I suppose the first question you would have to ask yourself is "what does it mean to be a 'better global citizen?'" Technically the concept of being a global citizen means that you do away with traditional governments and have everyone be part of a one giant type of global country. I suspect that's not what your question is asking, though.
I suspect that your question is really asking about being a "global citizen" in terms of being aware of, and caring about, what goes on in the rest of the world. In this sense, global history becomes important in the same way that national and local history is important to us now. How can we understand the problems of the world, and work toward fixing them, unless we understand how those problems began in the first place? Studying global history gives people the chance to understand how we got ourselves in some of the messes we are in: starvation, war, environmental damage...you name it. Without understanding the history behind a region of the world it is impossible to suggest ways to move forward toward making the world a better place.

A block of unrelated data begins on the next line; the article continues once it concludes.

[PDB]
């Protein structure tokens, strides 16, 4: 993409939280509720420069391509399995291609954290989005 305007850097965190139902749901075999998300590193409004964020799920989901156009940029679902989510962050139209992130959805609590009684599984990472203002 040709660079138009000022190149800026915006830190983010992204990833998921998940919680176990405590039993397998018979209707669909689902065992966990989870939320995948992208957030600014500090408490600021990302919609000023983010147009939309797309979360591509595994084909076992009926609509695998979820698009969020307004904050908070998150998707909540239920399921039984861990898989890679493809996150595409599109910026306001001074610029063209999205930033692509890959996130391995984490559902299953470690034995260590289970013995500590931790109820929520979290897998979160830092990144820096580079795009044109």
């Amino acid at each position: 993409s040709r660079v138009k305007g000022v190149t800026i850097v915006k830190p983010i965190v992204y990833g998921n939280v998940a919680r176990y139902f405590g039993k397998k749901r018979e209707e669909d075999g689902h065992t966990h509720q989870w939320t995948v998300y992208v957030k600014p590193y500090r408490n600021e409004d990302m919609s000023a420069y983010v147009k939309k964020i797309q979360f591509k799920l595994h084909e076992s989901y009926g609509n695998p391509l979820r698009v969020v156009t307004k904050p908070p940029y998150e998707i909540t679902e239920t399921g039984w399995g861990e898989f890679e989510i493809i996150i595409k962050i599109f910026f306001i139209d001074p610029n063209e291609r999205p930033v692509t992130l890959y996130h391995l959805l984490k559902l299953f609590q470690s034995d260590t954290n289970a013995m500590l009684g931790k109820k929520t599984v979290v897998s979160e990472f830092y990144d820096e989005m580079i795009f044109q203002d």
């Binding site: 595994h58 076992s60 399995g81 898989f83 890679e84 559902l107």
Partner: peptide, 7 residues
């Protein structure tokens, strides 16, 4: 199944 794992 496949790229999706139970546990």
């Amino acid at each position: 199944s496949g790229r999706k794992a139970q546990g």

For example, we know that the rain forests are disappearing in countries like Brazil, but why? What forces are in play that make people destroy their environment by burning the rain forests down in the first place? Studying the history of that area and situation would give us clues as to why it happened and what we might be able to do in the future to fix it (or keep it from happening again somewhere else.)
The more you know about people the more likely you are to embrace them. Ignorance is the enemy of people being able to get along. The more you care about people who don't immediately live around you (being a good global citizen, that is) the more likely you are to care about their situations and want make the world a better place to help them.
I hope this helped!
I would say this is true no matter what country you are a citizen of, or which history you are studying. As a teacher of history, this is one of the things I tell my students each year. By studying and knowing the history of your own culture and country and that of the world, you come to understand your own identity, your own place within that world.
It also helps you to develop an appreciation and understanding of other cultures, which promotes tolerance and further study. One of the flaws in American society, I would argue, is that we too often look at the world through Amero-centric glasses, preferring to make decisions as individuals and society as if we are the whole world, instead of the 5% of it we represent.
The teaching and learning of history are insurance against that kind of nearsightedness.